Concern over figure 6.6 (page 136) in Service Operation. The diagram has a hexagram as its centre - there is some concern how this will be received globally, particularly in the Middle East. Consider changing this.

The Semitic implications of Application Management are clearly offensive. The best way to solve that will be to change all models so that there are only five aspects to be inter-related: perhaps anything involving six things in a circle is offensive because of the implication that it MIGHT be joined by a hexagram.
Furthermore, as an atheist I am deeply offended by orthogonal lines with their Christian connotation (e.g. figure 3.4 in CSI which clearly depicts a Crusader's crucifix). I insist that no diagram depict lines intersecting at a right angle, especially in situations where the horizontal might be shorter than the vertical and/or offset above the vertical midway point.


Crowd sourcing ITIL

Why not set up a 'Wikipedia' for ITIL. Everybody could add content and we wouldn't need to pay for authors or editors. After a few weeks it would converge into 'crowd sourced best practice'

Only kidding!


half a dozen failed attempts

No he doesn't. There's half a dozen failed attempts at publicly created versions of ITIL. It doesn't work: there's not enough people, there's nothing in it for them to motivate them, and there is no review and editorial function to ensure a consistent and high quality result.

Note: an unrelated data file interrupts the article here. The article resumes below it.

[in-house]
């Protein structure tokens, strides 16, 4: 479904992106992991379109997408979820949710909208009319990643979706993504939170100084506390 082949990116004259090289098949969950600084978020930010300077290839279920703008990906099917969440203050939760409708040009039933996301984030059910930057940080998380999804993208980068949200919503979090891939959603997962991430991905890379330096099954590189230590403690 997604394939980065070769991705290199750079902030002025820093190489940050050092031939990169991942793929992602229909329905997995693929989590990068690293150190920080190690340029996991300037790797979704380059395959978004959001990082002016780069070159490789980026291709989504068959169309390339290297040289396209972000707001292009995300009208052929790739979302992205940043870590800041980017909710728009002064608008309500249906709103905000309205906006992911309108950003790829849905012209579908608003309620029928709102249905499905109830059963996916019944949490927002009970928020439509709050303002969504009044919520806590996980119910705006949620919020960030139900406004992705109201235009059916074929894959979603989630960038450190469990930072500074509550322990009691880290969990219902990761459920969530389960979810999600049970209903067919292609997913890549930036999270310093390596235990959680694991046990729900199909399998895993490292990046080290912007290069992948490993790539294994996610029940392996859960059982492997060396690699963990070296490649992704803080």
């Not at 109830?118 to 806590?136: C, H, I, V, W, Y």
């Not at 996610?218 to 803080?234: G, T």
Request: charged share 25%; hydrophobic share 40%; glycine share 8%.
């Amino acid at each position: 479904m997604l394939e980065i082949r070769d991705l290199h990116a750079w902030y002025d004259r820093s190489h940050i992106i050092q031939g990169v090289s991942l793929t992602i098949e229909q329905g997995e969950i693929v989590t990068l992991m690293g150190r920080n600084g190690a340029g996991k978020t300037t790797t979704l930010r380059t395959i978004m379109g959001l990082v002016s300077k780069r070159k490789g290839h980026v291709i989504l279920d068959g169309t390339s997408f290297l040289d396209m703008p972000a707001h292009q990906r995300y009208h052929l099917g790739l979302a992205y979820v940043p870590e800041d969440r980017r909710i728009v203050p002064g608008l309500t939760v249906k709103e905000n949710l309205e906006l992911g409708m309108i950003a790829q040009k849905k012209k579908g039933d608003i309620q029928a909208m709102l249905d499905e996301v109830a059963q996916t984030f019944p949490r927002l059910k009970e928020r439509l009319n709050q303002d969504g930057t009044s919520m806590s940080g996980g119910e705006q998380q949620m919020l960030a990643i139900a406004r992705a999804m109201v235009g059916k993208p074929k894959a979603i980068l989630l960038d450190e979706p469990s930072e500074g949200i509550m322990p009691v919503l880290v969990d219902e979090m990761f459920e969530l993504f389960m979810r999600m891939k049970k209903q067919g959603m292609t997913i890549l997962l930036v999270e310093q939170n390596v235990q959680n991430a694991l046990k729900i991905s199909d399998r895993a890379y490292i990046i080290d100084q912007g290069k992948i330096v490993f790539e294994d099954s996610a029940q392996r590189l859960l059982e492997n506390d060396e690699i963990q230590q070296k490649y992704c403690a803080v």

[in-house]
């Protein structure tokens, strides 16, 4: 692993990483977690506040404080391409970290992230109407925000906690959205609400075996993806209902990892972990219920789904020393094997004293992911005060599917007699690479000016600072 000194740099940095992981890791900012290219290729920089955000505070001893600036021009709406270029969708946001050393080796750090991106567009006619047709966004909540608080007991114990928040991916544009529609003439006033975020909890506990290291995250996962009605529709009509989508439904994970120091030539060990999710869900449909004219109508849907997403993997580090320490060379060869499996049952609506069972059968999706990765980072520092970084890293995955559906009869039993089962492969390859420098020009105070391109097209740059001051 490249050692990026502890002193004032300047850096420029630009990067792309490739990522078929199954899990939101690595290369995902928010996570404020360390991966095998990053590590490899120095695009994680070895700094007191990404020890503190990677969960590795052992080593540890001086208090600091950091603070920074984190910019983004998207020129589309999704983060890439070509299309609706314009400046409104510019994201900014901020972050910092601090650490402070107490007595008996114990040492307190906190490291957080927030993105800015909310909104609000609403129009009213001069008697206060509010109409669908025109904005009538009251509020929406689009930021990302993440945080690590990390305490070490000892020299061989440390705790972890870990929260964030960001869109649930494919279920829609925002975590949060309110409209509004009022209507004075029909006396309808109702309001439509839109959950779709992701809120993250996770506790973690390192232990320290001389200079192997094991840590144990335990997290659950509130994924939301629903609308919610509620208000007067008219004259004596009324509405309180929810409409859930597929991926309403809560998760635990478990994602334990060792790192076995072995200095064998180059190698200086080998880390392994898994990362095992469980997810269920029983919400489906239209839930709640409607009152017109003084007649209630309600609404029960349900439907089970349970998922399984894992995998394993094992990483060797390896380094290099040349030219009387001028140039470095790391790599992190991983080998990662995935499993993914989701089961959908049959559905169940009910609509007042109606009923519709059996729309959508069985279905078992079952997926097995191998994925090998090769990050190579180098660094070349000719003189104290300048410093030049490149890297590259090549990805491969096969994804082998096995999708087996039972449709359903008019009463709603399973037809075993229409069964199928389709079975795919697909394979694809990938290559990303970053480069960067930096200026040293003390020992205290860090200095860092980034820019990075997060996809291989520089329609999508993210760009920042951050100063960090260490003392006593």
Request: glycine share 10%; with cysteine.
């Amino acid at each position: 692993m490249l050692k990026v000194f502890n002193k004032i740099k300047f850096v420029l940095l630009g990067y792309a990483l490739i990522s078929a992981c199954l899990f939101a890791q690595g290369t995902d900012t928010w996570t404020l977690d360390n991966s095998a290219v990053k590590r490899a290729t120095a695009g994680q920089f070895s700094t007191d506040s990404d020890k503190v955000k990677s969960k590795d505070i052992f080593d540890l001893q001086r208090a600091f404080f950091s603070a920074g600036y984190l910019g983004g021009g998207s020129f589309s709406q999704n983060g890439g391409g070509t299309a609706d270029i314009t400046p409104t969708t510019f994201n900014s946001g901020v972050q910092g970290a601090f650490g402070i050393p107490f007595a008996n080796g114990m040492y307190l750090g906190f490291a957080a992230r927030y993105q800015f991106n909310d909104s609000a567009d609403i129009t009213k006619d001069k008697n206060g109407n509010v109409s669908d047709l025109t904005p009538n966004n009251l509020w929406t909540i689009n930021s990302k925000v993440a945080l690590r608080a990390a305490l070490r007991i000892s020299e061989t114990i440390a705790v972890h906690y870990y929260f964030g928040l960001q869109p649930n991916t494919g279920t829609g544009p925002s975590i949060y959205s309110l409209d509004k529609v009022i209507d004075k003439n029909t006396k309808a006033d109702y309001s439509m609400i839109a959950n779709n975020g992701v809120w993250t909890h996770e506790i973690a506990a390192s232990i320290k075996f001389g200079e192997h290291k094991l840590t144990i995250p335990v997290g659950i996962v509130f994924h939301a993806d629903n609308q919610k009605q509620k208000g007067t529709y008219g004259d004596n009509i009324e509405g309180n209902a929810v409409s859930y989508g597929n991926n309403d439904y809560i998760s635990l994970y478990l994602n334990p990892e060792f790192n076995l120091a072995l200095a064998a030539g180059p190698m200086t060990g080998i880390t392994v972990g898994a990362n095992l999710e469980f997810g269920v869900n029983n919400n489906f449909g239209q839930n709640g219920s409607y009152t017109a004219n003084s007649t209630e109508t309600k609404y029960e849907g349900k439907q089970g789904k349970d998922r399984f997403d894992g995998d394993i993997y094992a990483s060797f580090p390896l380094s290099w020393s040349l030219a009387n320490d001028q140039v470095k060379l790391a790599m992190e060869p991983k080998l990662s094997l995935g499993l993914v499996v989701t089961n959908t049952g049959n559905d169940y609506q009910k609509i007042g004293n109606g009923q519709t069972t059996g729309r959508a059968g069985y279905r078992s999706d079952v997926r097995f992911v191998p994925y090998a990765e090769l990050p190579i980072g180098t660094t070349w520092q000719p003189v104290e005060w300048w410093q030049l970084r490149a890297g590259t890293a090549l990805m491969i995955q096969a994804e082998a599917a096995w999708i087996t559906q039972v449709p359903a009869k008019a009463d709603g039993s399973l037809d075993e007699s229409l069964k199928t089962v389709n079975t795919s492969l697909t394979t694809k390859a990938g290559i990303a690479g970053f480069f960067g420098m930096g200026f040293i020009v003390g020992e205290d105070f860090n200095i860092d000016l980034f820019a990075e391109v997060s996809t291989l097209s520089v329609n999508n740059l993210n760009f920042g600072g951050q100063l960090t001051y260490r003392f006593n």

I think COBIT5 could be different, given the enthusiasm for ISACA members to contribute volunteer effort, and the amount of energy and people and cash and credibility ISACA will be able to inject to make it happen. Or maybe they'll run into the great tarpit of apathy that all these things bog down in. You just have to look at Wikipedia ITIL.

ITIL Idiom #67 - "...service stinks"

The change log is the tip of the iceberg.

I have assembled over 1100 'decipher statements' in my online library for ITIL. Not typos, but miss-steps in Version2 and Version 3. (Next week I'll be making those available as part of the next version of the best practice online library service). I hope that in the New Testament edition of ITIL they promise they write the glossary AFTER they refresh the books!

The ITIL V3 glossary gives us key terms a misrepresented 'Agency Principle', the 'British Standards Institute' (but no ANSI), a strange definition for COBIT, 'configuration structure' (presumably this is what the book terms a configuration model?), control perspective, 'customer portfolio' (explained as a list of customer - not their investments), client and customer (different definitions), ISO20000 (explained as aligned WITH ITIL!), ITIL (described as a set of best practice guidance), a hacking of Porter's 'Value Chain'.... and so on...